First of all, create and build a micro-ROS agent:

# Download micro-ROS-Agent packages
ros2 run micro_ros_setup

# Build micro-ROS-Agent packages, this may take a while.
colcon build
source install/local_setup.bash

Then connect the Olimex development board to the computer using the USB OTG 2 connector (the miniUSB connector that is furthest from the Ethernet port).

TIP: Color codes are applicable to this cable. Make sure to match Olimex Rx with Cable Tx and vice-versa. Remember GND!

Then run the agent:

# Run a micro-ROS agent
ros2 run micro_ros_agent micro_ros_agent serial --dev [device]

TIP: you can use this command to find your serial device name: ls /dev/serial/by-id/*. Probably it will be something like /dev/serial/by-id/usb-ZEPHYR_Zephyr_microROS_3536510100290035-if00

And finally, let’s check that everything is working in another command line. We are going to listen to ping topic to check whether the Ping Pong node is publishing its own pings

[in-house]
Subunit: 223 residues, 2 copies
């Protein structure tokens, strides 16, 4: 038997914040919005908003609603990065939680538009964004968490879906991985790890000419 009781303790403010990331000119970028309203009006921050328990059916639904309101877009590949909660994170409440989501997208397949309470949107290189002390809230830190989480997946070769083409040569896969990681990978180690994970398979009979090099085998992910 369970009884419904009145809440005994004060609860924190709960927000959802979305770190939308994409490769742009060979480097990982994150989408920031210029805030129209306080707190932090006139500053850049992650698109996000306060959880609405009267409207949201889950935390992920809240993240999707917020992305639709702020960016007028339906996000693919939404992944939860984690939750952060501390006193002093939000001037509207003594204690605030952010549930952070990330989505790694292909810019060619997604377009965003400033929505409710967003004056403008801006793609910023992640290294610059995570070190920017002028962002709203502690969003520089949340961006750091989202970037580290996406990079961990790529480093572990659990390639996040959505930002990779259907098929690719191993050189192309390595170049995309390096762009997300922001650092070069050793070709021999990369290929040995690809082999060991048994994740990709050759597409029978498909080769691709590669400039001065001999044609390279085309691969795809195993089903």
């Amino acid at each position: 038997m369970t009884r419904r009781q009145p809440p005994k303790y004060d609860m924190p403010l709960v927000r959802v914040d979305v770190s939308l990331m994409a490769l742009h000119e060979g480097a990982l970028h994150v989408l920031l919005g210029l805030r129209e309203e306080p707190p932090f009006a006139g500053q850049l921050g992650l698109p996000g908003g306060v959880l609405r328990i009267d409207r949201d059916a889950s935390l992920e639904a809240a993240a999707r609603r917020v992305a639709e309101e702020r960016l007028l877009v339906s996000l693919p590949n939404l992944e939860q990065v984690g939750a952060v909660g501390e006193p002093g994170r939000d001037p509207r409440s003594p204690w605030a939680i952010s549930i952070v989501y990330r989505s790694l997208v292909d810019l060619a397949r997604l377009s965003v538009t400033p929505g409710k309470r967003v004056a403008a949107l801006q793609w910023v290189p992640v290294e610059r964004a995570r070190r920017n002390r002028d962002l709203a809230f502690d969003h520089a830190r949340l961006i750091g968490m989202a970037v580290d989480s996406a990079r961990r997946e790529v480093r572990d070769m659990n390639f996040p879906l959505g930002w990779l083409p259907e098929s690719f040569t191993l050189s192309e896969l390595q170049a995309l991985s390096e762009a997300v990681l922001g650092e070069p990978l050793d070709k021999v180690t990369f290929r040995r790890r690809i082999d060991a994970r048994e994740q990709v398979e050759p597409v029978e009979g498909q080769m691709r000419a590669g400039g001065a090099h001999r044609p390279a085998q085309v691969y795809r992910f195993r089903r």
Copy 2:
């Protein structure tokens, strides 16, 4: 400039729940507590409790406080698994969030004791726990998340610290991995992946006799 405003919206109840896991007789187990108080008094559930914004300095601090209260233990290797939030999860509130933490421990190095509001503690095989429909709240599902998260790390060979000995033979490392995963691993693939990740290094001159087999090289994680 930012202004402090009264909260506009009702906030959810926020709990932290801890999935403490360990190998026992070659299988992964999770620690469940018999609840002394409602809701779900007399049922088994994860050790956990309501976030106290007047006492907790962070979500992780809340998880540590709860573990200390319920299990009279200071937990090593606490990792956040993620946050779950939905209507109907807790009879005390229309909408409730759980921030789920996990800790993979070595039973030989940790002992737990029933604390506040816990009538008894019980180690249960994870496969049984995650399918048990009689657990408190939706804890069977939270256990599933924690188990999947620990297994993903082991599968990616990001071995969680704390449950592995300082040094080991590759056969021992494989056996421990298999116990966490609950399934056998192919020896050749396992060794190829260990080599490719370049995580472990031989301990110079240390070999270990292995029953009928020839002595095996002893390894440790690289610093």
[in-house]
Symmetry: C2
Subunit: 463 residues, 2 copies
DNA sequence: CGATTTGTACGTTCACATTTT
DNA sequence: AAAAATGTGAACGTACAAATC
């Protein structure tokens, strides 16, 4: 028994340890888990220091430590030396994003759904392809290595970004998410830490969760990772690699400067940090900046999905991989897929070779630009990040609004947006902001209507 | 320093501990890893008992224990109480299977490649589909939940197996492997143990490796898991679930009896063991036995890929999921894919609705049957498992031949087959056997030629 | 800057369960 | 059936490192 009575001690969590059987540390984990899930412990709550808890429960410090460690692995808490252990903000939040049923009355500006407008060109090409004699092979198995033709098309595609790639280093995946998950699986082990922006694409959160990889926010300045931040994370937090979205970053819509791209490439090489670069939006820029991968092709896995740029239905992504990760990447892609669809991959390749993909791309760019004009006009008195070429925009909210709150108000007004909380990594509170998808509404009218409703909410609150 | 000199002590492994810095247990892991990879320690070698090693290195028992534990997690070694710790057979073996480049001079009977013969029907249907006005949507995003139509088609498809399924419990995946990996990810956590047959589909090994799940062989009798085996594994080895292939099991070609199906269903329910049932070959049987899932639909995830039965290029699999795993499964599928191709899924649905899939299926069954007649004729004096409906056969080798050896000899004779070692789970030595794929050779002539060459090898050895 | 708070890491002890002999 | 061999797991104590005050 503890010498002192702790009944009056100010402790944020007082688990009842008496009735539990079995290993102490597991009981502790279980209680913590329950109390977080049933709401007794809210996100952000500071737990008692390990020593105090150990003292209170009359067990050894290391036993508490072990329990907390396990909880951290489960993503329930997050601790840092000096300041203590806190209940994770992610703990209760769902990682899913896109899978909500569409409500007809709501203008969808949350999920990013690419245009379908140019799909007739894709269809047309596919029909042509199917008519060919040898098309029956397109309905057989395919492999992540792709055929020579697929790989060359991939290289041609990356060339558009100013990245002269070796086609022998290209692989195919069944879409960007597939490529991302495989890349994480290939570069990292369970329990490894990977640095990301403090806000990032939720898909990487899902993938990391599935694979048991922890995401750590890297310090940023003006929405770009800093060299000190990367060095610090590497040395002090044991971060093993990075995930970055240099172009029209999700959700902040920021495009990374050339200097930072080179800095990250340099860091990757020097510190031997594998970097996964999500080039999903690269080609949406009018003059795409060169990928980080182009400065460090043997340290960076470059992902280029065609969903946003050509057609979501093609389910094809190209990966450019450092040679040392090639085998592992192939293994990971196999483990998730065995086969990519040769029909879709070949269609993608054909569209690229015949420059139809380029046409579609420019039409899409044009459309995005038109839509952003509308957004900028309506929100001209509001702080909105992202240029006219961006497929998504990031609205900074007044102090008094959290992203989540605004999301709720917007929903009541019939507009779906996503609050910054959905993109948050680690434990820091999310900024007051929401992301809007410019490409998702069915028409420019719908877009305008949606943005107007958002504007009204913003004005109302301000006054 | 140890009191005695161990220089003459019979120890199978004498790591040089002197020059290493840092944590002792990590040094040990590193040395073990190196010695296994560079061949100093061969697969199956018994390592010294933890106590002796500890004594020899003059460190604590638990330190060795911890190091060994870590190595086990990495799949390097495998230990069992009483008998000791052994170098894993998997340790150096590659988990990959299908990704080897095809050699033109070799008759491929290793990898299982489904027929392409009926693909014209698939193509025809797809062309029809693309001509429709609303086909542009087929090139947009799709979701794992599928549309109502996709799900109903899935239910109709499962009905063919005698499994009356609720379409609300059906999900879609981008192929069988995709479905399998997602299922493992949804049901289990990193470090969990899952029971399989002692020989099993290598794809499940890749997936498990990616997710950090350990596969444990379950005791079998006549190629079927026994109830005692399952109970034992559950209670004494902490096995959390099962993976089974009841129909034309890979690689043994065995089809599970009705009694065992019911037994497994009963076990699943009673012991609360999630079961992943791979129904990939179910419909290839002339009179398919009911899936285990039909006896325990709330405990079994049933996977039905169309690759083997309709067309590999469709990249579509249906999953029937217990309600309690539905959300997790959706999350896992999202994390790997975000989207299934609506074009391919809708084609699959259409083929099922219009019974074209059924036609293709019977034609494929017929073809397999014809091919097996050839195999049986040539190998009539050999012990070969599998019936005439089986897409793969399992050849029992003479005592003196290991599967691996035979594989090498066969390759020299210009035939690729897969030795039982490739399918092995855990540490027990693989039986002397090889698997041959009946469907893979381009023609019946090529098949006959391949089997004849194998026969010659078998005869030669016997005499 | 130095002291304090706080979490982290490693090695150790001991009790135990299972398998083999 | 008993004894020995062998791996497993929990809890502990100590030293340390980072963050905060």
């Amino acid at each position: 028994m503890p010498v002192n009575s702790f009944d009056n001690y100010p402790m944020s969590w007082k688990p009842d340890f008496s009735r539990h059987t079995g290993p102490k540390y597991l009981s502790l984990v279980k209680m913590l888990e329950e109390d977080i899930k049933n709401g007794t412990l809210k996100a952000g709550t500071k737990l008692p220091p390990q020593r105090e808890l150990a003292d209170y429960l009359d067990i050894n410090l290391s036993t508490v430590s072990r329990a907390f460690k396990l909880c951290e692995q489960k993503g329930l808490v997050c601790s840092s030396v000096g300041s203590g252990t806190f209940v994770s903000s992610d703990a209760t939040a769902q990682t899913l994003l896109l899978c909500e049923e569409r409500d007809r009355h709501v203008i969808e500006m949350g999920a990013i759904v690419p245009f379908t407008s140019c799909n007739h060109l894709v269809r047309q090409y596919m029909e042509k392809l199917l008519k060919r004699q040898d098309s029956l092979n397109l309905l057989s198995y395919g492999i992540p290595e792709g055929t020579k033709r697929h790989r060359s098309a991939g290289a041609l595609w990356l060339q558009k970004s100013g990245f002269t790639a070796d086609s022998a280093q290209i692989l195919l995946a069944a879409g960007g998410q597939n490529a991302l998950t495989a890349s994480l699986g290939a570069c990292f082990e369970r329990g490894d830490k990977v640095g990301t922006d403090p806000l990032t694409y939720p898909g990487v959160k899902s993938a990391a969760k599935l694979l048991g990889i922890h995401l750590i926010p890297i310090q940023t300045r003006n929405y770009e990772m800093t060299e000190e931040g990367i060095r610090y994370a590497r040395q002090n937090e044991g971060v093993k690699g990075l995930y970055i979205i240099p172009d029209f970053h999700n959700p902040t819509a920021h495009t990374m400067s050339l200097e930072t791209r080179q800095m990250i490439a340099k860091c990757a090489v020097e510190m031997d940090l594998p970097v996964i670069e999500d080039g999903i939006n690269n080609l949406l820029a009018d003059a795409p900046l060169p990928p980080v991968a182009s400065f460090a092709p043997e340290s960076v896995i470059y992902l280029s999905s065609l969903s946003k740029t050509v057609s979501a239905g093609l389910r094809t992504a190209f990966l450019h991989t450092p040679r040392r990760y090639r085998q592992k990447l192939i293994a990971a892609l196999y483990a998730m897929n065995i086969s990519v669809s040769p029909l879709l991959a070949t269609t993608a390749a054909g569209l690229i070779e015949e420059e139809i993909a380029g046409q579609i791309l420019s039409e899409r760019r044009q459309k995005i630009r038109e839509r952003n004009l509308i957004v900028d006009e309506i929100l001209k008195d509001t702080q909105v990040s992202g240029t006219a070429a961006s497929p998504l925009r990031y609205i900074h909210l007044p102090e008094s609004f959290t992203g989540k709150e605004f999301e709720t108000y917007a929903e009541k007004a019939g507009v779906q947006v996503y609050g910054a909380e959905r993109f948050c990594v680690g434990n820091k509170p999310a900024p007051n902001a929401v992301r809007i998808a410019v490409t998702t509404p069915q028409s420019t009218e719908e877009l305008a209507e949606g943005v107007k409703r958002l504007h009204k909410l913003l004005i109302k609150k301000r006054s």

source /opt/ros/$ROS_DISTRO/setup.bash

# Subscribe to micro-ROS ping topic
ros2 topic echo /microROS/ping

You should see the topic messages published by the Ping Pong node every 5 seconds:

user@user:~$ ros2 topic echo /microROS/ping
  sec: 20
  nanosec: 867000000
frame_id: '1344887256_1085377743'
  sec: 25
  nanosec: 942000000
frame_id: '730417256_1085377743'

On another command line, let’s subscribe to the pong topic

source /opt/ros/$ROS_DISTRO/setup.bash

# Subscribe to micro-ROS pong topic
ros2 topic echo /microROS/pong

At this point, we know that our app is publishing pings. Let’s check if it also answers to someone else pings in a new command line:

source /opt/ros/$ROS_DISTRO/setup.bash

# Send a fake ping
ros2 topic pub --once /microROS/ping std_msgs/msg/Header '{frame_id: "fake_ping"}'

Now, we should see on the ping subscriber our fake ping along with the board pings:

user@user:~$ ros2 topic echo /microROS/ping
  sec: 0
  nanosec: 0
frame_id: fake_ping
  sec: 305
  nanosec: 973000000
frame_id: '451230256_1085377743'
  sec: 310
  nanosec: 957000000
frame_id: '2084670932_1085377743'

And in the pong subscriber, we should see the board’s answer to our fake ping:

user@user:~$ ros2 topic echo /microROS/pong
  sec: 0
  nanosec: 0
frame_id: fake_ping

 Improve this page

Zephyr Project